- Klaiber, H. A. and D. J. Phaneuf. 2010. Valuing Open Space in a Residential Sorting Model of the Twin Cities. Journal of Environmental Economics and Management 60(2):57-77.
- Klaiber, H. A. and M. T. Holt. 2010. The Role of Theoretical Restrictions in Forecasting with Inverse Demand Models. American Journal of Agricultural Economics 92(1):70-85.
- Klaiber, H. A. and V. K. Smith. 2010. Valuing Incremental Highway Capacity in a Network. NBER Working Paper #15989. 45 pp. http://www.nber.org/papers/w15989.
- Klaiber, H. A. and D. J. Phaneuf. 2009. Do Sorting and Heterogeneity Matter for Open Space Policy Analysis An Empirical Comparison of Hedonic and Sorting Models. American Journal of Agricultural Economics 91(5):1312-1818.
- Klaiber, H. A. and V. K. Smith. 2009. Evaluating Rubin's Causal Model for Measuring the Capitalization of Environmental Amenities. NBER Working Paper # 14957. 64 pp. http://www.nber.org/papers/w14957.
Progress 10/01/08 to 09/30/09
OUTPUTS: A project on spatial land use implications of global climate change and biofuels policy was completed. M.S. student Jacqueline Yenerall completed her thesis on this topic. A project on the impacts of land use and climate change on wetland function continues. Land use projections have been completed, and these are being formatted so that they can be used as inputs into hydrologic models. PARTICIPANTS: Nothing significant to report during this reporting period. TARGET AUDIENCES: The project has several target audiences. Research on stated preference methodology is targeted to academics in the discipline of environmental economics, agencies that use nonmarket valuation in project evaluation and planning, and stakeholders interested in environmental regulation and management. Research on the impact of eased farmland on nearby property values is targeted to academics in the disciplines of land and environmental economics, agencies and local governments that have programs aimed at farmland preservation, and interested stakeholders. Research on hedonic pricing methodology is targeted to academics in the discipline of environmental economics and local planning agencies. PROJECT MODIFICATIONS: Nothing significant to report during this reporting period.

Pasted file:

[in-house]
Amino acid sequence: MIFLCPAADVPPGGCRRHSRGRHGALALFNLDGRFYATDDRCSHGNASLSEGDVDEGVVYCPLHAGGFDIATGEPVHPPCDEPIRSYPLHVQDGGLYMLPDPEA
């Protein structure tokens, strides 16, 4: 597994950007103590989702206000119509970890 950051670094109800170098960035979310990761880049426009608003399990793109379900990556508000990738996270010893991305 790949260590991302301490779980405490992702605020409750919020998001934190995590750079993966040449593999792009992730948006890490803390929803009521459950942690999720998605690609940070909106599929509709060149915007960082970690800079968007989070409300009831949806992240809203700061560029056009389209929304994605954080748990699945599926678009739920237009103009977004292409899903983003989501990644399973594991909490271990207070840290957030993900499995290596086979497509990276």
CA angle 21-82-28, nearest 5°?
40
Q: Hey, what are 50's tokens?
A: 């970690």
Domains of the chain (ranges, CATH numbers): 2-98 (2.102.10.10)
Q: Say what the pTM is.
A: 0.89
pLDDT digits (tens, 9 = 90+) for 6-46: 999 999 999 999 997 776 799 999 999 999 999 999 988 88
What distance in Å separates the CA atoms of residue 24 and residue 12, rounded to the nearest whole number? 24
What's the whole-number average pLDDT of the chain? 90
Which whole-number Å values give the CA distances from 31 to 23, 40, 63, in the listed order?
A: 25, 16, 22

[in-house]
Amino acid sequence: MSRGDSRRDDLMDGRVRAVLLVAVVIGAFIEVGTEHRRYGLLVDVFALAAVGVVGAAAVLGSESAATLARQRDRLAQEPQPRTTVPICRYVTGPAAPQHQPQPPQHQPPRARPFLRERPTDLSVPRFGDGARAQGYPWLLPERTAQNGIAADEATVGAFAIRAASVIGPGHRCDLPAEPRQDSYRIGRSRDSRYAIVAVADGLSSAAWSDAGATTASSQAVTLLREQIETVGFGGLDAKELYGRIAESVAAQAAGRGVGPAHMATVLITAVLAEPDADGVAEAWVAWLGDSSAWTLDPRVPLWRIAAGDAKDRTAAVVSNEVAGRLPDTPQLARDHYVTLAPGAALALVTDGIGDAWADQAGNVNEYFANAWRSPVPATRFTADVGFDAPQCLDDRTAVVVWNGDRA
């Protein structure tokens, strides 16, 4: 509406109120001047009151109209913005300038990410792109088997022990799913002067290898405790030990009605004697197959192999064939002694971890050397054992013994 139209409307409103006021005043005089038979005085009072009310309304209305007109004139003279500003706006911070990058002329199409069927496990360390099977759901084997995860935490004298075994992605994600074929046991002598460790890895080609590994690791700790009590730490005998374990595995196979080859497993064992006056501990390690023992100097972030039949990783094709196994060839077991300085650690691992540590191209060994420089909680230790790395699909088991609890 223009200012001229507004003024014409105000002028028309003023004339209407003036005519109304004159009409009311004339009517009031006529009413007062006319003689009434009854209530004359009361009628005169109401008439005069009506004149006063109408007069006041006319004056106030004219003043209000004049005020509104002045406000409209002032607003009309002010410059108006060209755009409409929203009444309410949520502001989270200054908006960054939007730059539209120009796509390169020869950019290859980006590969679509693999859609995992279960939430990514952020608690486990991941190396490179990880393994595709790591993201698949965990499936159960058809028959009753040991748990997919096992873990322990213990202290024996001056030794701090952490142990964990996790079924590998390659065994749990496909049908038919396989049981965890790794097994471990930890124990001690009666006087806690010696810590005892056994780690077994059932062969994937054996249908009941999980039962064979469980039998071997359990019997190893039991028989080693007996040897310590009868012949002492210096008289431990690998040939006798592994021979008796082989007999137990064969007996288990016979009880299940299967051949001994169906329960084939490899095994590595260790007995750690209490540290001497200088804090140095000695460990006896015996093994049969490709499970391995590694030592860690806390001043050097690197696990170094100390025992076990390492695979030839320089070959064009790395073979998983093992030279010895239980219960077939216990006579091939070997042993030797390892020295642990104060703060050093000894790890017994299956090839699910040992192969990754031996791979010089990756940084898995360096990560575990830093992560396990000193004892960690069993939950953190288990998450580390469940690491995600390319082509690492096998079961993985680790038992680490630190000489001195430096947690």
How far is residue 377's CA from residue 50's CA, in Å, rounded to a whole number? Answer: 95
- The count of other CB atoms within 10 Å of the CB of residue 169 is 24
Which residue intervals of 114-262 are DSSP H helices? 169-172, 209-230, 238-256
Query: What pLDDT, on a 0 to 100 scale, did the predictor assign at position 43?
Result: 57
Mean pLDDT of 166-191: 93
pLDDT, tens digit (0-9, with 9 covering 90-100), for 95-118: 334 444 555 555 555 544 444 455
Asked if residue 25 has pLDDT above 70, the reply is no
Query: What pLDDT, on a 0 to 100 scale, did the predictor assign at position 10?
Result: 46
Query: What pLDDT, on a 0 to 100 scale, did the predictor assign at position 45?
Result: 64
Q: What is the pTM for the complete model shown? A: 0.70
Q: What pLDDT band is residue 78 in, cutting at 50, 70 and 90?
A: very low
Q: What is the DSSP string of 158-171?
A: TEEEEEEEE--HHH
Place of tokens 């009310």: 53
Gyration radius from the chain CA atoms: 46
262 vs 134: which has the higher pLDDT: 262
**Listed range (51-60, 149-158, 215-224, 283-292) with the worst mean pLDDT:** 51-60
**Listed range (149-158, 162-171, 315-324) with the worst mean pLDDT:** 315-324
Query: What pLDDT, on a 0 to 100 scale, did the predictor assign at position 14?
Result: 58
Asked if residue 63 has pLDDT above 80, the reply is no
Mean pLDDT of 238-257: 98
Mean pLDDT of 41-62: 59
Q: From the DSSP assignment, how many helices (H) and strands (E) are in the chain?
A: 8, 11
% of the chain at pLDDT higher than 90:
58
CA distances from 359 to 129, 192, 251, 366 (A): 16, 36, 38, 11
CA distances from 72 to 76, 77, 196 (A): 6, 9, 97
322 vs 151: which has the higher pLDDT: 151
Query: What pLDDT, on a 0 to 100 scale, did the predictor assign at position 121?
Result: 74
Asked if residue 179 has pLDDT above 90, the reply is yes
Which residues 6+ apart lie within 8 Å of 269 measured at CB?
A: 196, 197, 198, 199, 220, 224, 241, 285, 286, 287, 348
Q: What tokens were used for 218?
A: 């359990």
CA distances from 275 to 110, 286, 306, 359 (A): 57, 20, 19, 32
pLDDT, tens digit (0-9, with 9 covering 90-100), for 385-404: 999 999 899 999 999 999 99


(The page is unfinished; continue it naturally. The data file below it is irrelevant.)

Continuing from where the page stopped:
Research on the land use impacts of climate change and biofuels policy showed that increased temperatures would induce shifts in cropping patterns in Pennsylvania. Although these adjustments by farmers vary spatially, there is a general tendency to shift toward small grains and soy and away from corn, pasture and hay. Policies to support production of ethanol from corn induce shifts toward corn, and induce some conversion from forest to cropland. If technological advances allow production of ethanol from cellulosic grass crops, the land to grow these grass crops would come from all other crop categories. Research to project future land use change (urbanization) in the Susquehanna River basin showed that urbanization is expected to occur in areas where population is growing and in areas close to existing urbanized land.
- Hanley, N., R. Ready, S. Colombo, F. Watson, M. Stewart and E.A. Bergmann. 2009. The Impacts of Knowledge of the Past on Preferences for Future Landscape Change. Journal of Environmental Management 90(March):1404-1412.
- Bergstrom, J. C., and R. C. Ready. 2009. What Have We Learned from Over 20 Years of Farmland Amenity Valuation Research in North America Review of Agricultural Economics 31(Spring):21-49.
Progress 10/01/07 to 09/30/08